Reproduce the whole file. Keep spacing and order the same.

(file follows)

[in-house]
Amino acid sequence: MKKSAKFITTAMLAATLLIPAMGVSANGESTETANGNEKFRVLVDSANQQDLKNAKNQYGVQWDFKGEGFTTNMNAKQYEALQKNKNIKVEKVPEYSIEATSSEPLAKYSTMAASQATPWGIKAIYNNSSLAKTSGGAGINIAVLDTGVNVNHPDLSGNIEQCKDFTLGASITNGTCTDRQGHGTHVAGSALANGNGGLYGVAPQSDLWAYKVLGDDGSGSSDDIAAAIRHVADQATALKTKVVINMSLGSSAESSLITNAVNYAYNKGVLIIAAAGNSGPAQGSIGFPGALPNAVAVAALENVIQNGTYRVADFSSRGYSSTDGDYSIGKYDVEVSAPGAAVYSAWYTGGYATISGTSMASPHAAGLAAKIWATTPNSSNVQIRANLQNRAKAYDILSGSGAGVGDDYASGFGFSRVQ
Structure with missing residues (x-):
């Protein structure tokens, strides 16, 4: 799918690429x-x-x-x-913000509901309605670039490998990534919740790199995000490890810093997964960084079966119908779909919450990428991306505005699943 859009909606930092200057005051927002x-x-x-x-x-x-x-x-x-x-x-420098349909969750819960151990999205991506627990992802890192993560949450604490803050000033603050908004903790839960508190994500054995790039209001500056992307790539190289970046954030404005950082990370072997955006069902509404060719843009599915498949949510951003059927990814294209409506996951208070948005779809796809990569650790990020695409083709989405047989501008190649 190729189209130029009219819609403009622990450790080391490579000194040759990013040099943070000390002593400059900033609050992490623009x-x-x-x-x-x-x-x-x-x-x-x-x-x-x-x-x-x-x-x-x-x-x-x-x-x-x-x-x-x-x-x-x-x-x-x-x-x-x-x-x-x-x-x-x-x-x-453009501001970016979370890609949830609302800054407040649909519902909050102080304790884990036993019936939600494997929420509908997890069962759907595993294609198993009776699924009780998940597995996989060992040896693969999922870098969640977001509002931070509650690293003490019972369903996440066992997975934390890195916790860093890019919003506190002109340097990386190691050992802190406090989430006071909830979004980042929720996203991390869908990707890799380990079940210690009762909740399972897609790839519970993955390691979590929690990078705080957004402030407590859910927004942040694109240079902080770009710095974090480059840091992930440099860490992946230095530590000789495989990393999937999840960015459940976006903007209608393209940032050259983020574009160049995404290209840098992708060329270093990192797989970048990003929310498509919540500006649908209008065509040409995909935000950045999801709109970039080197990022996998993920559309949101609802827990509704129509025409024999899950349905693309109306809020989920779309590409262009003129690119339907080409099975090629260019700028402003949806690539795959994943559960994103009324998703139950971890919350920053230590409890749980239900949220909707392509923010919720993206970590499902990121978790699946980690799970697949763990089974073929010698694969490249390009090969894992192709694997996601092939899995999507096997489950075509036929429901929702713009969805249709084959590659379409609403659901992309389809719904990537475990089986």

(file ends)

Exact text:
[in-house]
Amino acid sequence: MKKSAKFITTAMLAATLLIPAMGVSANGESTETANGNEKFRVLVDSANQQDLKNAKNQYGVQWDFKGEGFTTNMNAKQYEALQKNKNIKVEKVPEYSIEATSSEPLAKYSTMAASQATPWGIKAIYNNSSLAKTSGGAGINIAVLDTGVNVNHPDLSGNIEQCKDFTLGASITNGTCTDRQGHGTHVAGSALANGNGGLYGVAPQSDLWAYKVLGDDGSGSSDDIAAAIRHVADQATALKTKVVINMSLGSSAESSLITNAVNYAYNKGVLIIAAAGNSGPAQGSIGFPGALPNAVAVAALENVIQNGTYRVADFSSRGYSSTDGDYSIGKYDVEVSAPGAAVYSAWYTGGYATISGTSMASPHAAGLAAKIWATTPNSSNVQIRANLQNRAKAYDILSGSGAGVGDDYASGFGFSRVQ
Structure with missing residues (x-):
């Protein structure tokens, strides 16, 4: 799918690429x-x-x-x-913000509901309605670039490998990534919740790199995000490890810093997964960084079966119908779909919450990428991306505005699943 859009909606930092200057005051927002x-x-x-x-x-x-x-x-x-x-x-420098349909969750819960151990999205991506627990992802890192993560949450604490803050000033603050908004903790839960508190994500054995790039209001500056992307790539190289970046954030404005950082990370072997955006069902509404060719843009599915498949949510951003059927990814294209409506996951208070948005779809796809990569650790990020695409083709989405047989501008190649 190729189209130029009219819609403009622990450790080391490579000194040759990013040099943070000390002593400059900033609050992490623009x-x-x-x-x-x-x-x-x-x-x-x-x-x-x-x-x-x-x-x-x-x-x-x-x-x-x-x-x-x-x-x-x-x-x-x-x-x-x-x-x-x-x-x-x-x-x-453009501001970016979370890609949830609302800054407040649909519902909050102080304790884990036993019936939600494997929420509908997890069962759907595993294609198993009776699924009780998940597995996989060992040896693969999922870098969640977001509002931070509650690293003490019972369903996440066992997975934390890195916790860093890019919003506190002109340097990386190691050992802190406090989430006071909830979004980042929720996203991390869908990707890799380990079940210690009762909740399972897609790839519970993955390691979590929690990078705080957004402030407590859910927004942040694109240079902080770009710095974090480059840091992930440099860490992946230095530590000789495989990393999937999840960015459940976006903007209608393209940032050259983020574009160049995404290209840098992708060329270093990192797989970048990003929310498509919540500006649908209008065509040409995909935000950045999801709109970039080197990022996998993920559309949101609802827990509704129509025409024999899950349905693309109306809020989920779309590409262009003129690119339907080409099975090629260019700028402003949806690539795959994943559960994103009324998703139950971890919350920053230590409890749980239900949220909707392509923010919720993206970590499902990121978790699946980690799970697949763990089974073929010698694969490249390009090969894992192709694997996601092939899995999507096997489950075509036929429901929702713009969805249709084959590659379409609403659901992309389809719904990537475990089986």